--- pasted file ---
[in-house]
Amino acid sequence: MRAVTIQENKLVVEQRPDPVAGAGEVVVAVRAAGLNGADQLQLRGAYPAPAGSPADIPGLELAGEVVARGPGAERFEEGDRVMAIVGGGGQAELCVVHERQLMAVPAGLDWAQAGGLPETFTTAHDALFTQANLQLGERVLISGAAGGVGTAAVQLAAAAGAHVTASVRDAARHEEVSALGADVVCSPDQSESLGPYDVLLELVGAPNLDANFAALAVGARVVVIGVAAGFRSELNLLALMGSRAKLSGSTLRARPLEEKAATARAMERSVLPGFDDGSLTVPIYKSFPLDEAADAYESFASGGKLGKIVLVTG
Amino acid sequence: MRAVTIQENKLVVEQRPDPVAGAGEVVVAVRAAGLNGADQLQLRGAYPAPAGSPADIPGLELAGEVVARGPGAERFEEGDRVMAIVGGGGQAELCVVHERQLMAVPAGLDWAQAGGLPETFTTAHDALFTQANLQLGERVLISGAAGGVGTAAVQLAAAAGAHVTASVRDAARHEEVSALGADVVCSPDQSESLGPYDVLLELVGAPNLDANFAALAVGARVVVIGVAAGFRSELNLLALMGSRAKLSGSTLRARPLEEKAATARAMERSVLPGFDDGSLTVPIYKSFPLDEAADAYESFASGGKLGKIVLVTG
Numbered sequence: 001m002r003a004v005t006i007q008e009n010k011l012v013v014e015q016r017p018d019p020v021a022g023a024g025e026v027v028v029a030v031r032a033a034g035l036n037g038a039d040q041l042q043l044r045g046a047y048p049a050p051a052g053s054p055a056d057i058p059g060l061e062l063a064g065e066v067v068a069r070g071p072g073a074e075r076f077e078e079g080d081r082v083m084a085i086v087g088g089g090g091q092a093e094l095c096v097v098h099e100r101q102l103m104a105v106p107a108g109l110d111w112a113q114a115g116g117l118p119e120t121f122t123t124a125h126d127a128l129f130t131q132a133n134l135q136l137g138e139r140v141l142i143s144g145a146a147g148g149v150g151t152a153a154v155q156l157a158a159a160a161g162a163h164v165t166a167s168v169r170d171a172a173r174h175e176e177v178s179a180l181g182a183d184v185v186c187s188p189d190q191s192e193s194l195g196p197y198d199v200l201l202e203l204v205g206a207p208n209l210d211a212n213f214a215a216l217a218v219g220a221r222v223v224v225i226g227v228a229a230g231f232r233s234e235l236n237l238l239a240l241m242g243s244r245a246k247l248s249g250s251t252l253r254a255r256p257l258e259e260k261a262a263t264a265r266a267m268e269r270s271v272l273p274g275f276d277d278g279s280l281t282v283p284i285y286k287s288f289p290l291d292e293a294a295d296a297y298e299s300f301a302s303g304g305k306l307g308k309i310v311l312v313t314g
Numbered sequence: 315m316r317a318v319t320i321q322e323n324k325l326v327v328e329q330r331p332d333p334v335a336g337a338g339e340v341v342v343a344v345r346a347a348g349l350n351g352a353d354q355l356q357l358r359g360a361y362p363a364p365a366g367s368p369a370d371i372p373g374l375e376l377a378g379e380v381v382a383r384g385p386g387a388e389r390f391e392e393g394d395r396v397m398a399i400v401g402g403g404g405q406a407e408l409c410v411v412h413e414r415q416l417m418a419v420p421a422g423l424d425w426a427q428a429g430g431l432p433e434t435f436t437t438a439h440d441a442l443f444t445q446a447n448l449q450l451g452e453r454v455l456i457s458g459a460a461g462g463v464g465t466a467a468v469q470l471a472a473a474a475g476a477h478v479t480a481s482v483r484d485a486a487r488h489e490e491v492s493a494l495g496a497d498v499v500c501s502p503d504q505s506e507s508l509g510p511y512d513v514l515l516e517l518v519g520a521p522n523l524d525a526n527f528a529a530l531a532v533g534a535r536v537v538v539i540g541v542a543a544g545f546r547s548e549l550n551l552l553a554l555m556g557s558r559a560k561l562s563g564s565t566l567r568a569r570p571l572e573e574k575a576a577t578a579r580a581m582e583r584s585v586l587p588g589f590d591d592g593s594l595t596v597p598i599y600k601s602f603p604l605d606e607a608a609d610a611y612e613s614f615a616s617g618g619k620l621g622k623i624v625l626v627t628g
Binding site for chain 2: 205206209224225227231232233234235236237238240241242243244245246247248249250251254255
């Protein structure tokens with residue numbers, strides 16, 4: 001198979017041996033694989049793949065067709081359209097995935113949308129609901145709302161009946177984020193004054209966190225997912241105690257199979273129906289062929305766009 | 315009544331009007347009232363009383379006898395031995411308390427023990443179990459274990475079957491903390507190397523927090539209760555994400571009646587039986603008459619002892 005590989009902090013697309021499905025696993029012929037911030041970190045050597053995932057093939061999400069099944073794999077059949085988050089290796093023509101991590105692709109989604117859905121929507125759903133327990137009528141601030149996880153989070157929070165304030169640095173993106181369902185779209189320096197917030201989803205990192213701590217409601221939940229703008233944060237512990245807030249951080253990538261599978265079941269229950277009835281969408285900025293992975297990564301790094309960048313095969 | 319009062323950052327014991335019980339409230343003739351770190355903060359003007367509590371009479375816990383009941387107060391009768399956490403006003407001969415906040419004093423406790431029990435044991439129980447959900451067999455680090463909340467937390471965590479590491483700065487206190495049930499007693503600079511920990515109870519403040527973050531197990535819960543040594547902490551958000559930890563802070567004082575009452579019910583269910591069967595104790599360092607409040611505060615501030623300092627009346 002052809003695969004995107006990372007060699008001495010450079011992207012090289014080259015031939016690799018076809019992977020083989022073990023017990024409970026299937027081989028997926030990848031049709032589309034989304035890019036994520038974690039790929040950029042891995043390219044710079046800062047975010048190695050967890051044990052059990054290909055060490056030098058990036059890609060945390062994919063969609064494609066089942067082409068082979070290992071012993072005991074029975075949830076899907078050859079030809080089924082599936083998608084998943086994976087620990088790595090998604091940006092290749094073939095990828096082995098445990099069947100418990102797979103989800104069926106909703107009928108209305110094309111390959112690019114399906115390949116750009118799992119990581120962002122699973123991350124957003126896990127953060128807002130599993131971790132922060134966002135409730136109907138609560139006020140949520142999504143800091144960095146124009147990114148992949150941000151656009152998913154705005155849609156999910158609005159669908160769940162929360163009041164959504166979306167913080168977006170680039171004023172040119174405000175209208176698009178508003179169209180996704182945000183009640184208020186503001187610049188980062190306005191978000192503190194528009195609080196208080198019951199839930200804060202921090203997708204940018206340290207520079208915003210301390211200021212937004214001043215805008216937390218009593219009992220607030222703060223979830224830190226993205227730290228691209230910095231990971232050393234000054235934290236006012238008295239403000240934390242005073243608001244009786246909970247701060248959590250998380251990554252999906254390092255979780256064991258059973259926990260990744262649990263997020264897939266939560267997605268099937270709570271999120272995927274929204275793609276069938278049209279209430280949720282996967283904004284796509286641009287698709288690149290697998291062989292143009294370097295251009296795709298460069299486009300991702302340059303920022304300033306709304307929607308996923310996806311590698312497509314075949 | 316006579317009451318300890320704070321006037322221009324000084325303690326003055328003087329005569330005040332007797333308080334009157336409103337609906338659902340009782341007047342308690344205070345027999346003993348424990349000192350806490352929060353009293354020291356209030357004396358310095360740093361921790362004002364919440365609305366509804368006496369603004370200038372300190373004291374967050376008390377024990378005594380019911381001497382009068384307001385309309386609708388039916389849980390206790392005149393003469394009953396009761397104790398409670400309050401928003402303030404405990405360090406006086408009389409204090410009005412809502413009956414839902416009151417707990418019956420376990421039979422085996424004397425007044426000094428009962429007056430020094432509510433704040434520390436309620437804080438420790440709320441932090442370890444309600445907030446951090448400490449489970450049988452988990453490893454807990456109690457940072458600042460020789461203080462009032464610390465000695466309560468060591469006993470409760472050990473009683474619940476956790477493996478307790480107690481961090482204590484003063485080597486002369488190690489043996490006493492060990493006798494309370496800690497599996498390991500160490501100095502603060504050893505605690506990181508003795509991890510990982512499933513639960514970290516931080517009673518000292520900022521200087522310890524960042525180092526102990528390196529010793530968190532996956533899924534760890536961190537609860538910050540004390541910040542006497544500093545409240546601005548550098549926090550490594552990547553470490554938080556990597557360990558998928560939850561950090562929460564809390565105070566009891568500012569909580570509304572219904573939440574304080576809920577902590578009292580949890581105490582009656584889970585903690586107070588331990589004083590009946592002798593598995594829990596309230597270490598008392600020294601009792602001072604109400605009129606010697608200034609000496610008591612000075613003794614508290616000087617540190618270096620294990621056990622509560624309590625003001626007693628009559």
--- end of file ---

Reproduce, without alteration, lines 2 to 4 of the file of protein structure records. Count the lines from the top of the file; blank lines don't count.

Amino acid sequence: MRAVTIQENKLVVEQRPDPVAGAGEVVVAVRAAGLNGADQLQLRGAYPAPAGSPADIPGLELAGEVVARGPGAERFEEGDRVMAIVGGGGQAELCVVHERQLMAVPAGLDWAQAGGLPETFTTAHDALFTQANLQLGERVLISGAAGGVGTAAVQLAAAAGAHVTASVRDAARHEEVSALGADVVCSPDQSESLGPYDVLLELVGAPNLDANFAALAVGARVVVIGVAAGFRSELNLLALMGSRAKLSGSTLRARPLEEKAATARAMERSVLPGFDDGSLTVPIYKSFPLDEAADAYESFASGGKLGKIVLVTG
Amino acid sequence: MRAVTIQENKLVVEQRPDPVAGAGEVVVAVRAAGLNGADQLQLRGAYPAPAGSPADIPGLELAGEVVARGPGAERFEEGDRVMAIVGGGGQAELCVVHERQLMAVPAGLDWAQAGGLPETFTTAHDALFTQANLQLGERVLISGAAGGVGTAAVQLAAAAGAHVTASVRDAARHEEVSALGADVVCSPDQSESLGPYDVLLELVGAPNLDANFAALAVGARVVVIGVAAGFRSELNLLALMGSRAKLSGSTLRARPLEEKAATARAMERSVLPGFDDGSLTVPIYKSFPLDEAADAYESFASGGKLGKIVLVTG
Numbered sequence: 001m002r003a004v005t006i007q008e009n010k011l012v013v014e015q016r017p018d019p020v021a022g023a024g025e026v027v028v029a030v031r032a033a034g035l036n037g038a039d040q041l042q043l044r045g046a047y048p049a050p051a052g053s054p055a056d057i058p059g060l061e062l063a064g065e066v067v068a069r070g071p072g073a074e075r076f077e078e079g080d081r082v083m084a085i086v087g088g089g090g091q092a093e094l095c096v097v098h099e100r101q102l103m104a105v106p107a108g109l110d111w112a113q114a115g116g117l118p119e120t121f122t123t124a125h126d127a128l129f130t131q132a133n134l135q136l137g138e139r140v141l142i143s144g145a146a147g148g149v150g151t152a153a154v155q156l157a158a159a160a161g162a163h164v165t166a167s168v169r170d171a172a173r174h175e176e177v178s179a180l181g182a183d184v185v186c187s188p189d190q191s192e193s194l195g196p197y198d199v200l201l202e203l204v205g206a207p208n209l210d211a212n213f214a215a216l217a218v219g220a221r222v223v224v225i226g227v228a229a230g231f232r233s234e235l236n237l238l239a240l241m242g243s244r245a246k247l248s249g250s251t252l253r254a255r256p257l258e259e260k261a262a263t264a265r266a267m268e269r270s271v272l273p274g275f276d277d278g279s280l281t282v283p284i285y286k287s288f289p290l291d292e293a294a295d296a297y298e299s300f301a302s303g304g305k306l307g308k309i310v311l312v313t314g